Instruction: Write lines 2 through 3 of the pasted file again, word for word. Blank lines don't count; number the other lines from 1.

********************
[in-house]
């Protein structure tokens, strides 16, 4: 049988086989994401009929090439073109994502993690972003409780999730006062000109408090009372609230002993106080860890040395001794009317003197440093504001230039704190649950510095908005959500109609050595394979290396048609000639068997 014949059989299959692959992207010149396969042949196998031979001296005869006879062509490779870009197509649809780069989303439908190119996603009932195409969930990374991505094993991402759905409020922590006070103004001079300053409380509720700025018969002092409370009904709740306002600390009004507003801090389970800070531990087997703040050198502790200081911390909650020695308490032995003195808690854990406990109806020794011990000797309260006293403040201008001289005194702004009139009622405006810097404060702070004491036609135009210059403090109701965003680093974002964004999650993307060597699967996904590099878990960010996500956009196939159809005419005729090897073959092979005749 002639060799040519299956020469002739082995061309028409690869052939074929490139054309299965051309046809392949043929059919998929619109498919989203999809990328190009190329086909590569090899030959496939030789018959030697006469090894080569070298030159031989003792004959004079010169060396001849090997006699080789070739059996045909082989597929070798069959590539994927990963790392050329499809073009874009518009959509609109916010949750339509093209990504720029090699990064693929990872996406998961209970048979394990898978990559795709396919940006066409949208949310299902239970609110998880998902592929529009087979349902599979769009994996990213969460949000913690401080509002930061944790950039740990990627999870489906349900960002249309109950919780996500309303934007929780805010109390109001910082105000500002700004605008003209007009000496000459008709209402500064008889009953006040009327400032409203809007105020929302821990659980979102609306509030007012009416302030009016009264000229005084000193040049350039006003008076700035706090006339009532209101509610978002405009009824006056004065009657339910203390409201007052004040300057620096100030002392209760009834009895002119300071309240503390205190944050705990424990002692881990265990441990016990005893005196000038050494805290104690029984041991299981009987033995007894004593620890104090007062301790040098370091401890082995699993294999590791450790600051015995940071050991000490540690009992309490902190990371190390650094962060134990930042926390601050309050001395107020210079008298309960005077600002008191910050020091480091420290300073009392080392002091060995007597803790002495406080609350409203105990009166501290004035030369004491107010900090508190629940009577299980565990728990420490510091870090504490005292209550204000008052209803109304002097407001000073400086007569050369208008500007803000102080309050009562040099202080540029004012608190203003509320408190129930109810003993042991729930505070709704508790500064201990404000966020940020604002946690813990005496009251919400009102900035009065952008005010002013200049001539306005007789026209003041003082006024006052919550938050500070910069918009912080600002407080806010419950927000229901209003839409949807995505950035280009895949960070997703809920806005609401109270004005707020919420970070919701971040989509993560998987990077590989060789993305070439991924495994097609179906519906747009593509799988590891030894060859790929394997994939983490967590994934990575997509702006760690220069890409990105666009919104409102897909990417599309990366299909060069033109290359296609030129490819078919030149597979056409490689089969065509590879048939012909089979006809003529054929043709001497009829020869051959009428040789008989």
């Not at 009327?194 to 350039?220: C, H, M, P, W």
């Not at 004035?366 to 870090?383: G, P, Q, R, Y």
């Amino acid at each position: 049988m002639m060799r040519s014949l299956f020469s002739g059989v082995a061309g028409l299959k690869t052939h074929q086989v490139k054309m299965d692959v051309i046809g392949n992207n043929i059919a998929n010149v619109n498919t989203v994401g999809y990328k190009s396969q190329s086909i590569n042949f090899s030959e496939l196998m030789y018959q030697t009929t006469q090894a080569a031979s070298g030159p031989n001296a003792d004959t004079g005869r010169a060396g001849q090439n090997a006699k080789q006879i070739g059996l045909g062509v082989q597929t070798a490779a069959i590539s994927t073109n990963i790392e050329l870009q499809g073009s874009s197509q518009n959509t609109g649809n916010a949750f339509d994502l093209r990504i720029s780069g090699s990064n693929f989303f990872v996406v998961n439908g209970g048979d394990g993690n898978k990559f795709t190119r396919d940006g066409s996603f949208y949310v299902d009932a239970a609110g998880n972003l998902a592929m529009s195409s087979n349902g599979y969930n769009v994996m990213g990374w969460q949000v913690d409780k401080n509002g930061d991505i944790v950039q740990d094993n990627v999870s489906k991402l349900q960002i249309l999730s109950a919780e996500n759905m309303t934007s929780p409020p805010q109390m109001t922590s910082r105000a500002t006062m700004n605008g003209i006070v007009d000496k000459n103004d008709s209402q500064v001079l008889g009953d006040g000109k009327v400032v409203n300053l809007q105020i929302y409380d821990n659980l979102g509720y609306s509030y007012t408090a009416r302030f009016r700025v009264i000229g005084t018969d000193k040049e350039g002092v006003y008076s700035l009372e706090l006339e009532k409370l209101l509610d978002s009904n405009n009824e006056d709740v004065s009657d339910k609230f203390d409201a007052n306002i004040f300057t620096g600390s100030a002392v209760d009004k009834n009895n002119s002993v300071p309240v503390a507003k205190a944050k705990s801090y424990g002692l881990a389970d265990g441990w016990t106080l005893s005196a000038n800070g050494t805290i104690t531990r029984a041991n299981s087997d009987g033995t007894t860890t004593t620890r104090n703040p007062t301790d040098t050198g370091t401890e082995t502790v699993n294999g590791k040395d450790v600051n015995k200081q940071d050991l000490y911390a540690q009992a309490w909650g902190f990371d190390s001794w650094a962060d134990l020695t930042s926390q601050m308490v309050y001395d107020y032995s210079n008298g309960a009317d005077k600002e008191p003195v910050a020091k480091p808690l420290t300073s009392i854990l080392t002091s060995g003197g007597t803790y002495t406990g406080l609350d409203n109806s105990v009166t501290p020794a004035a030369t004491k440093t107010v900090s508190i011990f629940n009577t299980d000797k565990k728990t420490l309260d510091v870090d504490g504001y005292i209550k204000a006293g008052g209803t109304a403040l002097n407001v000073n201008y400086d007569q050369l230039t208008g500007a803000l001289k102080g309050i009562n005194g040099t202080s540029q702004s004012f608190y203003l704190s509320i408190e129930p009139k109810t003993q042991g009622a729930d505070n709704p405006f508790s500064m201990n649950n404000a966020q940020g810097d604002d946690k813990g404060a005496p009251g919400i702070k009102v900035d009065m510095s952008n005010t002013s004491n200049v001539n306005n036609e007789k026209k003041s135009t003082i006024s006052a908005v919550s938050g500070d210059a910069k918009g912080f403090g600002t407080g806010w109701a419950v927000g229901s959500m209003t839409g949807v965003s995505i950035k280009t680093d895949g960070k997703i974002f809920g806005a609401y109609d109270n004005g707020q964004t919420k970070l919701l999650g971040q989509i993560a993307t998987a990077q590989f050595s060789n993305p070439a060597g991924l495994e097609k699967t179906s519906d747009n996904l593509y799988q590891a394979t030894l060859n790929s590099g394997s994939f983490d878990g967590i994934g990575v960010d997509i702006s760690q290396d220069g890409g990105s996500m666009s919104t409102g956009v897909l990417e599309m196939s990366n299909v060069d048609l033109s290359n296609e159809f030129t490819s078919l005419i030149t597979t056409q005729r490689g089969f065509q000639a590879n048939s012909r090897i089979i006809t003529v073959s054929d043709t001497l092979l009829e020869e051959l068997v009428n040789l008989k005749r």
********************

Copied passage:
């Protein structure tokens, strides 16, 4: 049988086989994401009929090439073109994502993690972003409780999730006062000109408090009372609230002993106080860890040395001794009317003197440093504001230039704190649950510095908005959500109609050595394979290396048609000639068997 014949059989299959692959992207010149396969042949196998031979001296005869006879062509490779870009197509649809780069989303439908190119996603009932195409969930990374991505094993991402759905409020922590006070103004001079300053409380509720700025018969002092409370009904709740306002600390009004507003801090389970800070531990087997703040050198502790200081911390909650020695308490032995003195808690854990406990109806020794011990000797309260006293403040201008001289005194702004009139009622405006810097404060702070004491036609135009210059403090109701965003680093974002964004999650993307060597699967996904590099878990960010996500956009196939159809005419005729090897073959092979005749 002639060799040519299956020469002739082995061309028409690869052939074929490139054309299965051309046809392949043929059919998929619109498919989203999809990328190009190329086909590569090899030959496939030789018959030697006469090894080569070298030159031989003792004959004079010169060396001849090997006699080789070739059996045909082989597929070798069959590539994927990963790392050329499809073009874009518009959509609109916010949750339509093209990504720029090699990064693929990872996406998961209970048979394990898978990559795709396919940006066409949208949310299902239970609110998880998902592929529009087979349902599979769009994996990213969460949000913690401080509002930061944790950039740990990627999870489906349900960002249309109950919780996500309303934007929780805010109390109001910082105000500002700004605008003209007009000496000459008709209402500064008889009953006040009327400032409203809007105020929302821990659980979102609306509030007012009416302030009016009264000229005084000193040049350039006003008076700035706090006339009532209101509610978002405009009824006056004065009657339910203390409201007052004040300057620096100030002392209760009834009895002119300071309240503390205190944050705990424990002692881990265990441990016990005893005196000038050494805290104690029984041991299981009987033995007894004593620890104090007062301790040098370091401890082995699993294999590791450790600051015995940071050991000490540690009992309490902190990371190390650094962060134990930042926390601050309050001395107020210079008298309960005077600002008191910050020091480091420290300073009392080392002091060995007597803790002495406080609350409203105990009166501290004035030369004491107010900090508190629940009577299980565990728990420490510091870090504490005292209550204000008052209803109304002097407001000073400086007569050369208008500007803000102080309050009562040099202080540029004012608190203003509320408190129930109810003993042991729930505070709704508790500064201990404000966020940020604002946690813990005496009251919400009102900035009065952008005010002013200049001539306005007789026209003041003082006024006052919550938050500070910069918009912080600002407080806010419950927000229901209003839409949807995505950035280009895949960070997703809920806005609401109270004005707020919420970070919701971040989509993560998987990077590989060789993305070439991924495994097609179906519906747009593509799988590891030894060859790929394997994939983490967590994934990575997509702006760690220069890409990105666009919104409102897909990417599309990366299909060069033109290359296609030129490819078919030149597979056409490689089969065509590879048939012909089979006809003529054929043709001497009829020869051959009428040789008989």
């Not at 009327?194 to 350039?220: C, H, M, P, W």